About the Music Hall

During the early days of the 20th century, long before television was invented, theatres played an important role in providing entertainment for the people of our growing country. As silent motion pictures became more popular, and theatres were built larger, a suitable musical instrument was needed to accompany the action on the screen.
The result was the development of the Theatre Pipe Organ, of which Wurlitzer was the leading brand.

Theatre Pipe Organs have amazing resources for playing all types of music. A competent theatre organist can make the organ sound like a symphony orchestra, a marching band, a dance orchestra, or a classical organ. When accompanying silent movies in the 1920’s, the organist also made use of the special movie sound effects that were parts of all theatre organs.

The idea for the Music Hall occurred after the Shanklins acquired the organ console that was originally installed in the Boston Metropolitan Theatre, and all of the other parts, that would be needed to re-create that organ. The Metropolitan organ was the largest Wurlitzer that was ever installed in New England, and a special room would be needed to provide the proper acoustics for it.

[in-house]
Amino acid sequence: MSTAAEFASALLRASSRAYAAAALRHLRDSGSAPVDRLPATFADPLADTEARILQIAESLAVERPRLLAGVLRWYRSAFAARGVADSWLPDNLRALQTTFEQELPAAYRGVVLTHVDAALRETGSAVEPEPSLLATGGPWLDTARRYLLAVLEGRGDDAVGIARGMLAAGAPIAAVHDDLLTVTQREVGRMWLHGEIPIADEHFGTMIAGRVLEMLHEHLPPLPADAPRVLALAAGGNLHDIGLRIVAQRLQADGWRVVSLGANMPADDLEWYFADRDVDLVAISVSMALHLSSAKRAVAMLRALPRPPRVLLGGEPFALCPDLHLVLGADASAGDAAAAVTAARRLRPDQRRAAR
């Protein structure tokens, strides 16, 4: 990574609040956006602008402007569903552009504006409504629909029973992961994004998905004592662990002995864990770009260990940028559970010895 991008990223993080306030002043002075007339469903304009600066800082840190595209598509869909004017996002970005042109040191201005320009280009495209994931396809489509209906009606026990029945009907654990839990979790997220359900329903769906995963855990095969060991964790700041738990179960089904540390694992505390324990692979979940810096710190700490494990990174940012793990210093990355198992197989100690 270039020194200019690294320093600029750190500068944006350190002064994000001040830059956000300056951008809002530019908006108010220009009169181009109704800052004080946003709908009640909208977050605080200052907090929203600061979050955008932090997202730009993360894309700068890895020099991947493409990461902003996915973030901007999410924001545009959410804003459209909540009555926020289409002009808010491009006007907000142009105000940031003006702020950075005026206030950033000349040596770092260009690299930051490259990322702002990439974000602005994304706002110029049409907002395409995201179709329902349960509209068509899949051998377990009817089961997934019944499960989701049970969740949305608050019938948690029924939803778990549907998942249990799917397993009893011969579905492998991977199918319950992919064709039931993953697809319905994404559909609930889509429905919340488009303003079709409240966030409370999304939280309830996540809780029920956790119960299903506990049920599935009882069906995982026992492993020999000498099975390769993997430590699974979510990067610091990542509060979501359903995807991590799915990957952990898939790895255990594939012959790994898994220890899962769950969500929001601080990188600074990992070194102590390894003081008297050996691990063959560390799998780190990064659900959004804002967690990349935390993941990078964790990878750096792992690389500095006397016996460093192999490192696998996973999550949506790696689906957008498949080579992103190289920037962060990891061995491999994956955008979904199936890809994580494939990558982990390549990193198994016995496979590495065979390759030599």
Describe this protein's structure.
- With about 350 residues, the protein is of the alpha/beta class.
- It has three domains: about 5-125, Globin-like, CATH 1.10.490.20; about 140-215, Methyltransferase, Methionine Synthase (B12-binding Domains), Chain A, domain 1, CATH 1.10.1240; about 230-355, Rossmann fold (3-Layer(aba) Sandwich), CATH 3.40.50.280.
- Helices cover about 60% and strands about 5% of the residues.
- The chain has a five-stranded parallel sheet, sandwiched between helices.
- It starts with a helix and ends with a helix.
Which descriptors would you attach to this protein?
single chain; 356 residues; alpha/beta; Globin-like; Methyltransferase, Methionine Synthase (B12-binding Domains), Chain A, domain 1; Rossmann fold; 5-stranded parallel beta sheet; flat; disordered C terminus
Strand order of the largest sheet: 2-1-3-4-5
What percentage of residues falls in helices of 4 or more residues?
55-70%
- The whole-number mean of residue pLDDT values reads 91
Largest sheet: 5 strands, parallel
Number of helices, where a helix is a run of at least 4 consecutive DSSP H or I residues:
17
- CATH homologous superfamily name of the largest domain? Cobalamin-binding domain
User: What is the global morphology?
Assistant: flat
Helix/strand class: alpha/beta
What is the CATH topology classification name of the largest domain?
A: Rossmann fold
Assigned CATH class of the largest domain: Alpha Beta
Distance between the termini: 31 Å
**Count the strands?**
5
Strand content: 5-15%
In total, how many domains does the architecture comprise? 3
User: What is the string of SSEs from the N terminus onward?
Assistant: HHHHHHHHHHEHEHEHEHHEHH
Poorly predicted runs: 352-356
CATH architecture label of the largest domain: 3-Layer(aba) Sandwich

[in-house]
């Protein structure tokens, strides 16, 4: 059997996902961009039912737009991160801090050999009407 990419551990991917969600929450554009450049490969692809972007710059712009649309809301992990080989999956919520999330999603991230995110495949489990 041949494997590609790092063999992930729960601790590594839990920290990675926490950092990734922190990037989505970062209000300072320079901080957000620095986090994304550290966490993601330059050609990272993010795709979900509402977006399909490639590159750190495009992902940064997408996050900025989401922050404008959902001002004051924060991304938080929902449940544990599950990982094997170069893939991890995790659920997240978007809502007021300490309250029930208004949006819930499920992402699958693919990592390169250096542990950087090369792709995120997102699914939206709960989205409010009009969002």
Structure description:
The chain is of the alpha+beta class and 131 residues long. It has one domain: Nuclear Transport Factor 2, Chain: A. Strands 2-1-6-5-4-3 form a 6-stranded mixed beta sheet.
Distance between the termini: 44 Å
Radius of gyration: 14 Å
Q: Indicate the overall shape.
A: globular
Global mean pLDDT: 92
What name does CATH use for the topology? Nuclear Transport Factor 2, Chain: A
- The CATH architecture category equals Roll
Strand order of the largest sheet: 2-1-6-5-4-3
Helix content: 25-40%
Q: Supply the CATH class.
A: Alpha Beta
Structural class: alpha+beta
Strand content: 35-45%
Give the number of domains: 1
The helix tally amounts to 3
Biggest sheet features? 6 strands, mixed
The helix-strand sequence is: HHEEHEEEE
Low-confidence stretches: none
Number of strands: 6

The first consideration in designing the building was how to create an authentic “in the theatre” sound in a facility the size of the Music Hall.
The answer was to build a reinforced concrete block auditorium with the proper proportions (42’wide x 80’ long x 36’ high), specifically designed to retain the natural reverberation of the pipe organ. The walls of the auditorium are plastered directly on the concrete block, and the ceiling is constructed of two layers of sheetrock and plaster over plywood, supported by laminated trusses. The rear wall of the auditorium is convex to break up and distribute the sound, and a lobby was built behind the convex wall. Then a 44 seat balcony and a projection booth were constructed over the lobby. Paneled interior walls with maroon and gold trim, and a Florentine patterned carpet all enhance the theatrical feeling of the auditorium.

A show at the Shanklin Music Hall is more than just a listening experience; it is an audio-visual experience as well. As you enter the Hall, you will see the beautiful ivory and gold console prominently displayed on an elevated turntable. You will also see many of the organ’s percussion instruments and all of the movie sound effects mounted on the front wall of the auditorium. These instruments, the two pianos at the front of the room, and the 2400 pipes that are located behind the six sets of black shutters in the front wall of the auditorium, are all played from the organ console. As the program starts, motorized window shades darken the auditorium for the performance. During the concert, the colored lighting, the video projection system, and the incomparable sound of the Wurlitzer Theatre Pipe Organ all combine to take you back to the golden age of the Motion Picture Palace.